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mRNAs In Your Meat
Photo by Ryan Song / Unsplash

mRNAs In Your Meat

Elizabeth Murphy wants to understand the effects of mRNA vaccines on livestock for herself

Today, there are four licensed Messenger RNA (mRNA) vaccines for use in pigs, cats, and dogs. While currently there is no mRNA vaccine used on cattle, the USDA and the Australian government have begun studying their use. Understandably, Elizabeth Murphy, a lobbyist for the Weston A. Price Foundation, is working to set up a study this summer to understand these vaccines and any potential risks they might introduce more completely. She, Senator Frank Niceley, and Representative Susan Lynn are hoping that the program will give them the information they need to better understand the technology and pass some simple bills.


This past session, the group attempted to push a bill that would do three things. First, it would allow the state, as opposed to the federal government, control food labeling; second, it would strip the State Veterinarian and the commissioner of the Department of Agriculture of their ability to mandate vaccinations for livestock; and third, it would specify that there is no state legal requirement to vaccinate livestock.

Murphy wants to understand what effect these vaccines might have ahead of time. Though an email I received from the Department of Agriculture states that “there is no push by regulatory bodies to increase utilization of these vaccines,” many continue to worry that a future state of emergency, similar to that motivated by Coronavirus, could lead to drastic and potentially damaging mandates. Despite these concerns, opposition to this simple, inexpensive bill was firm: both the House Agriculture Committee and the Farm Bureau are “100% against it,” says Murphy.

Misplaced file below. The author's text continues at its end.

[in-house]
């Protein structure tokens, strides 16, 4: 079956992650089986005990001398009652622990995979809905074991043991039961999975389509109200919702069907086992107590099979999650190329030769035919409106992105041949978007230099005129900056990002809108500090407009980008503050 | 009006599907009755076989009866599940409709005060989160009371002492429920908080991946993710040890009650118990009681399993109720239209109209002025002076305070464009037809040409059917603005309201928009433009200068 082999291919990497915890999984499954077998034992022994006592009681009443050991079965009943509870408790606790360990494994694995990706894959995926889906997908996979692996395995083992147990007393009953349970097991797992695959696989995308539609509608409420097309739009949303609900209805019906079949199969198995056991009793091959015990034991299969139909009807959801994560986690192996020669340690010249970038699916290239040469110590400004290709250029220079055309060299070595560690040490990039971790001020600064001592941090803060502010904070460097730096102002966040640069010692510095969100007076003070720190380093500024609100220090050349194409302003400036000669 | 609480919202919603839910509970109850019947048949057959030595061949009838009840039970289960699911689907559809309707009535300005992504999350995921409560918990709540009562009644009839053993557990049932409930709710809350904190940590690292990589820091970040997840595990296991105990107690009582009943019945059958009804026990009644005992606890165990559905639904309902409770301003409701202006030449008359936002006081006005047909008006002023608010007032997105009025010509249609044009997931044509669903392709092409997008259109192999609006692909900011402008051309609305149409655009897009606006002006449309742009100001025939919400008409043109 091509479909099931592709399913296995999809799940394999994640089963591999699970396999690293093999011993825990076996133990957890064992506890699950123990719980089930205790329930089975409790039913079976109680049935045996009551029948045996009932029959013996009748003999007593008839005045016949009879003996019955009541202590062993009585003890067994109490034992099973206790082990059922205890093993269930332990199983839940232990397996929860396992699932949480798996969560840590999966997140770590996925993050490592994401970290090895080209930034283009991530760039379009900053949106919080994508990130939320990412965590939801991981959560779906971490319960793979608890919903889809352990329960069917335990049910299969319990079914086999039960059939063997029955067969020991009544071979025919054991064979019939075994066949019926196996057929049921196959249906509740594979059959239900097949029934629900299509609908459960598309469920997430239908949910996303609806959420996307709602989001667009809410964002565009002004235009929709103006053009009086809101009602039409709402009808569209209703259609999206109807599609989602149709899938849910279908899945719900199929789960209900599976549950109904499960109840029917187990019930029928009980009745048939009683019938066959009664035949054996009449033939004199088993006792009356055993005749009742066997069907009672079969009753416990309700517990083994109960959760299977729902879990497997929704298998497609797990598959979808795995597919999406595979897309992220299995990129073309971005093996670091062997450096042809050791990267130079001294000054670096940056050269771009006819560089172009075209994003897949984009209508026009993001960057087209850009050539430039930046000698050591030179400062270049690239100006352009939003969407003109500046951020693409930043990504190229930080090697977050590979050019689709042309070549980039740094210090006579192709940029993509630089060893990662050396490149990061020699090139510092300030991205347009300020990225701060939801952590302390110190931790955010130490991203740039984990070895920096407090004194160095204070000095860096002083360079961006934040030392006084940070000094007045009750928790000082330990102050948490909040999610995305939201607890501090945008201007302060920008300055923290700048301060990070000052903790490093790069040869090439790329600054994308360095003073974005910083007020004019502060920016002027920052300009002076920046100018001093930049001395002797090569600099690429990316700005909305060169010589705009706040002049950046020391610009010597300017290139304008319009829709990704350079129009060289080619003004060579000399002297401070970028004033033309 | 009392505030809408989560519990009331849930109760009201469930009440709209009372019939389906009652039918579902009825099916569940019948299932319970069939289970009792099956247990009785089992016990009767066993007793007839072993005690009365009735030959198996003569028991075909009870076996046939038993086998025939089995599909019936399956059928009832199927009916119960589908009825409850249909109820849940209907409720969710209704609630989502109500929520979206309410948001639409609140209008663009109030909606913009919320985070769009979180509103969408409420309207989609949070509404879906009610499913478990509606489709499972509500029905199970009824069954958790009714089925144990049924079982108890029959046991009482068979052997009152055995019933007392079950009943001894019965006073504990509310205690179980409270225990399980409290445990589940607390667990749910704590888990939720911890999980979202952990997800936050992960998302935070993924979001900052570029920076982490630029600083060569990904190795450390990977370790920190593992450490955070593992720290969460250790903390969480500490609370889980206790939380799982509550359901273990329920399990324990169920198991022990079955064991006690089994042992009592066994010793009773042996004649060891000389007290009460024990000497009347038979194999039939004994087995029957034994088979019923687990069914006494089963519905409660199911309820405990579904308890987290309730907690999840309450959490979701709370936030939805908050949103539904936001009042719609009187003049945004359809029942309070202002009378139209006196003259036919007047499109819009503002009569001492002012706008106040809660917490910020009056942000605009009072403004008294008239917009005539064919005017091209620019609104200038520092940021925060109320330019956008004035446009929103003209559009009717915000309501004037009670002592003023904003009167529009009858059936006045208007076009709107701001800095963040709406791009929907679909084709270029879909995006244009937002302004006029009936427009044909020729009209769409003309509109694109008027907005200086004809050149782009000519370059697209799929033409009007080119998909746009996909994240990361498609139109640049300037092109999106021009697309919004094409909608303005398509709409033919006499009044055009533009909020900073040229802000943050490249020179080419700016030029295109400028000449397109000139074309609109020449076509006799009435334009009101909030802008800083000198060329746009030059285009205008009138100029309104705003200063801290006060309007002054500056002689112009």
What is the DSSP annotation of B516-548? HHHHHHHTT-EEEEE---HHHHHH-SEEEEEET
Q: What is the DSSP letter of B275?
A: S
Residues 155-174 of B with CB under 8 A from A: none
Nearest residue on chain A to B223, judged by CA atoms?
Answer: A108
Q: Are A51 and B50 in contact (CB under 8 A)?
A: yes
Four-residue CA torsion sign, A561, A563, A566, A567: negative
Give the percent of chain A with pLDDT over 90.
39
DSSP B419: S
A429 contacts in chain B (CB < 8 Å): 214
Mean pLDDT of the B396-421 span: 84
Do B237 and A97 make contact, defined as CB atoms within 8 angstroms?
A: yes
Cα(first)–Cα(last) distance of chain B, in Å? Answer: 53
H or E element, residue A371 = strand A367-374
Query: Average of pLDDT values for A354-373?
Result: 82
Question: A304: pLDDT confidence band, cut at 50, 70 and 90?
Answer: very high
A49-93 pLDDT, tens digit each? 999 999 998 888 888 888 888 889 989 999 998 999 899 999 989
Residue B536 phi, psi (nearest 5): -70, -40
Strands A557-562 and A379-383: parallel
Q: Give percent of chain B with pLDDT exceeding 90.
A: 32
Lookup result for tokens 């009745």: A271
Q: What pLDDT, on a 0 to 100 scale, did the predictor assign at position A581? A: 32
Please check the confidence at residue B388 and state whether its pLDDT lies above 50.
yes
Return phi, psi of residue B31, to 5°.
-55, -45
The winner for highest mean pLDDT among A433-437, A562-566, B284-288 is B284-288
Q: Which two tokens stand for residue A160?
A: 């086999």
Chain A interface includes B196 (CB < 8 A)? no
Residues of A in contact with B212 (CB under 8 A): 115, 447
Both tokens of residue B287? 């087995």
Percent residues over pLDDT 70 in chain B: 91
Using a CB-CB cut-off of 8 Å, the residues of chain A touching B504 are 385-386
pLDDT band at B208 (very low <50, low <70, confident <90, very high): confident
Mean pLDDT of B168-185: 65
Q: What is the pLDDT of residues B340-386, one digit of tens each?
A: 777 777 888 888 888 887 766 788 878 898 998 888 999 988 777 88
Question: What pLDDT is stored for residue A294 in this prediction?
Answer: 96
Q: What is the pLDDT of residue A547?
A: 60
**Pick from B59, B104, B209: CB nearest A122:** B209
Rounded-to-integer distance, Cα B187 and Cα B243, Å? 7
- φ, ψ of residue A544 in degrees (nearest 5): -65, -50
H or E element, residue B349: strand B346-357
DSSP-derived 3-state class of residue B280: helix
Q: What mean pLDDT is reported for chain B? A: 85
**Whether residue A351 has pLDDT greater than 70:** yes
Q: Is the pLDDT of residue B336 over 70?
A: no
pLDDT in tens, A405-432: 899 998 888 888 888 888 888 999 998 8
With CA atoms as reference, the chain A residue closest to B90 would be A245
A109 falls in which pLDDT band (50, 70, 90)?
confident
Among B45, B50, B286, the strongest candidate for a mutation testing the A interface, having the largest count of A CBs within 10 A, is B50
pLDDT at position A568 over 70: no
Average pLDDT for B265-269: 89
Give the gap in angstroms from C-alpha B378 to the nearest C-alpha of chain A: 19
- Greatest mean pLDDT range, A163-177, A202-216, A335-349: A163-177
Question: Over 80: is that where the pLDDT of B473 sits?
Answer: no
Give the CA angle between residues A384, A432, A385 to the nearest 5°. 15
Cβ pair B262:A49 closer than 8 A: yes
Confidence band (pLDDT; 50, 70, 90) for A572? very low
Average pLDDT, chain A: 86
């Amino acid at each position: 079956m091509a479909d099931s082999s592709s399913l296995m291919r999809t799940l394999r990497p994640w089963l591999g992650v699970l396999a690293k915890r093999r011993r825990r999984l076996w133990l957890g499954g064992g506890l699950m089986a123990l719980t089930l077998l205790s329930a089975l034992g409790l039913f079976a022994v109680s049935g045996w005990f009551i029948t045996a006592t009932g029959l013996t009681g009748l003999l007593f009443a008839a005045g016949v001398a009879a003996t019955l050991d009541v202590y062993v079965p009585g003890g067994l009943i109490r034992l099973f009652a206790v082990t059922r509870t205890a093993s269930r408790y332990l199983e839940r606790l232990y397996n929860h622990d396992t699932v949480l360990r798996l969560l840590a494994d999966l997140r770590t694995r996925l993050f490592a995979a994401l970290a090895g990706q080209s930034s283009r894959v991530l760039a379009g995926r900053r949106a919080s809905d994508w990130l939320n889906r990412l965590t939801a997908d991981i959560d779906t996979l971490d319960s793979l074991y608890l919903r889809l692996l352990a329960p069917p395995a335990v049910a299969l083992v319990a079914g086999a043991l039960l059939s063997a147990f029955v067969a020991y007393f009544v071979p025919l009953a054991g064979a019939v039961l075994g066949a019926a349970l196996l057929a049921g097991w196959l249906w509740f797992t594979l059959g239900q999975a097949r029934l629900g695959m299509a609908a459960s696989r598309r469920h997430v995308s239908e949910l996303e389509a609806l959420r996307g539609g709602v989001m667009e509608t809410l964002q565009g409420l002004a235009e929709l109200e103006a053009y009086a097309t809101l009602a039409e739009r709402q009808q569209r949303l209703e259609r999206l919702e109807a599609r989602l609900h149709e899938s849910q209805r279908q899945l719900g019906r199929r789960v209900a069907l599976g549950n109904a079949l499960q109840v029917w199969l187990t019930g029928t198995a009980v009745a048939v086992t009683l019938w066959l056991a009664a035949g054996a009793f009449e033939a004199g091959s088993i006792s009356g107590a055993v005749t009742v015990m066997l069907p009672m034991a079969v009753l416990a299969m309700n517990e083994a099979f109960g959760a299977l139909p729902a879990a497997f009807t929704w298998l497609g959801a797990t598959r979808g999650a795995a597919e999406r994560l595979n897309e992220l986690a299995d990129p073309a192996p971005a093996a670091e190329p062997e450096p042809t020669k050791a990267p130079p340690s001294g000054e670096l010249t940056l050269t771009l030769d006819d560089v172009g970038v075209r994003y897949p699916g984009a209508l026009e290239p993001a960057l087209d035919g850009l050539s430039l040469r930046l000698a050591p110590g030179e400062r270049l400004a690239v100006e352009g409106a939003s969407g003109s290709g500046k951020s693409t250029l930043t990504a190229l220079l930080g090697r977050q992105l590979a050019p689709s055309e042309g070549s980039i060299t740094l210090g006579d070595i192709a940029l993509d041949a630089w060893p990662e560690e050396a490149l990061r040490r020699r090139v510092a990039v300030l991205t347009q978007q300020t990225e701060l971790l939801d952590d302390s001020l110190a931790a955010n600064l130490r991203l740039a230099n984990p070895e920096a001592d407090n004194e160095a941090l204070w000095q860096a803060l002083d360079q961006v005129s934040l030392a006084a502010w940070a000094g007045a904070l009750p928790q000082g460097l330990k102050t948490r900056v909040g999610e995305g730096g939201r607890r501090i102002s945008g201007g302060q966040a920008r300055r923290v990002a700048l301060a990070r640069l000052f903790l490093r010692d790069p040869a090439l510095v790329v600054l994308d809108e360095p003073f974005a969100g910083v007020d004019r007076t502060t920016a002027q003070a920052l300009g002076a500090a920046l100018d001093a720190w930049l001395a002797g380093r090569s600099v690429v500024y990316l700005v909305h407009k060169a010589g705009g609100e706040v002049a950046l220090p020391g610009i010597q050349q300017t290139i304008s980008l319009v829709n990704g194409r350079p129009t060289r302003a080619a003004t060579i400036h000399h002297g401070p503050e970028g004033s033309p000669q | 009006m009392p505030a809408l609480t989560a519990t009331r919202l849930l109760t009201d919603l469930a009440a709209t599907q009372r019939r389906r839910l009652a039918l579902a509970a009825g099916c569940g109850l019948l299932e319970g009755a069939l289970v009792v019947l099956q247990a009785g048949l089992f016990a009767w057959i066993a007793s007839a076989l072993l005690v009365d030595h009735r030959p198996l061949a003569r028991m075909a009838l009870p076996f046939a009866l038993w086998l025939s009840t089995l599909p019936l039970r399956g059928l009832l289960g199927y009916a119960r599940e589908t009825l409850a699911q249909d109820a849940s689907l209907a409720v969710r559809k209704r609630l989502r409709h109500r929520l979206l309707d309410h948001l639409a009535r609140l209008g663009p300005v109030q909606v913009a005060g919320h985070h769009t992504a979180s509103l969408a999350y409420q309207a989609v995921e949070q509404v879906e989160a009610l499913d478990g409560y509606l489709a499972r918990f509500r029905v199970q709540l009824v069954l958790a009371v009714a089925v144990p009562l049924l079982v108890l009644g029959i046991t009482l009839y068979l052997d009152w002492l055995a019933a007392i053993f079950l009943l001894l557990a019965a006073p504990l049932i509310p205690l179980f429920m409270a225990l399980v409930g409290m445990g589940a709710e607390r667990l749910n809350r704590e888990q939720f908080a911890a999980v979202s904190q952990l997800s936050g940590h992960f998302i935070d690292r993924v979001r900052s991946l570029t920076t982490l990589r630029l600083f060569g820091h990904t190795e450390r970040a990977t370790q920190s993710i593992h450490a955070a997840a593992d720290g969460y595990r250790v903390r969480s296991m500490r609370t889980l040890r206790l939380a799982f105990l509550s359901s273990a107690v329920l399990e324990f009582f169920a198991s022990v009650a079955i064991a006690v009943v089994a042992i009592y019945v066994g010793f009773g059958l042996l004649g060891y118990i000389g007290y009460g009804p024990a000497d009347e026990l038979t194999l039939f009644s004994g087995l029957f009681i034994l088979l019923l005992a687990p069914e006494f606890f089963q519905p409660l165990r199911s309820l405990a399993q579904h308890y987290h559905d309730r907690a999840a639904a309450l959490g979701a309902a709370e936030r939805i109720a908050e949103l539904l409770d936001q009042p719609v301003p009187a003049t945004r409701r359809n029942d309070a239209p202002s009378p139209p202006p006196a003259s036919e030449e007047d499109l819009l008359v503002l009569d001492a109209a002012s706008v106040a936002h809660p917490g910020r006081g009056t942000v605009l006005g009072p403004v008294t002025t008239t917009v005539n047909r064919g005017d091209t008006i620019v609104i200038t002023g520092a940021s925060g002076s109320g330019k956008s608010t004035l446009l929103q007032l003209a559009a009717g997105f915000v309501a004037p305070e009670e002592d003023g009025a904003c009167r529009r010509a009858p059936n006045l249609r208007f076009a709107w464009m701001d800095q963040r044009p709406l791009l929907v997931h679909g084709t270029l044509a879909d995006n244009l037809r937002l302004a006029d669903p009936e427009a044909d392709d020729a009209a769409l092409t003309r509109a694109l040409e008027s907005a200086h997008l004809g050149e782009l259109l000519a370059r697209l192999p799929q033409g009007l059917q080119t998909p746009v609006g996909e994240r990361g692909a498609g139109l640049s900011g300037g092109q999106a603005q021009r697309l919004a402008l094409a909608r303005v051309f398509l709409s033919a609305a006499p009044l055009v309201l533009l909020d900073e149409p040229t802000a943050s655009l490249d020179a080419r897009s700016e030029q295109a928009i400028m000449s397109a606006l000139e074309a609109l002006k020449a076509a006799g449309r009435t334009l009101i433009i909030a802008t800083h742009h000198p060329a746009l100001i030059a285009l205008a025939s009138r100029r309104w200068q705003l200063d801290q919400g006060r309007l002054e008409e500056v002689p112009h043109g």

She voiced concerns that all animal vaccines will be converted to mRNAs within the next five years, including those for rabies. In recent years, multiple studies have been funded in order to prove the benefits of broadly using mRNA vaccines in animals. 

One review, which was dually funded by the National Institute of Allergy and Infectious Disease and the National Institute of Health in 2018, sought to prove the benefits of mRNA vaccines in animals for their “potency, capacity for rapid development and potential for low-cost manufacture.” While the review acknowledged that previous research into mRNA vaccines had led to optimism, it also referenced two more recent studies that showed “immunogenicity was more modest in humans than was expected based on animal models, a phenomenon also observed with DNA-based vaccines, and the side effects were not trivial.”

It concluded that more research was necessary, citing the then-recently founded Coalition for Epidemic Preparedness Innovations (CEPI) as a “multinational public and private partnership [which] aims to raise $1 billion to develop platform-based vaccines, such as mRNA, to rapidly contain emerging outbreaks before they spread out of control.” 

A study conducted only last year, funded largely by the National Natural Science Foundation of China sought to prove the benefit of developing more mRNA vaccines for animals. It focused on all zoonotic diseases, and largely coronaviruses—referencing the pandemic of 2020 and stating the importance of further mRNA development for animals.


“When these mRNA shots take off,” says Murphy, “we won’t know the ramifications.” Murphy wants to protect America’s livestock and farmers above all else, and bills she backs reflect this. “I want to give sovereignty of how they raise their livestock back to the farmer,” she explains.

Currently, she is hoping the summer study (which is being conducted with the Agriculture Committee) can get moving as soon as possible, but admits that it could happen as late as October. Whether sooner or later, she states, “It’s going to be interesting to see how it all plays out.”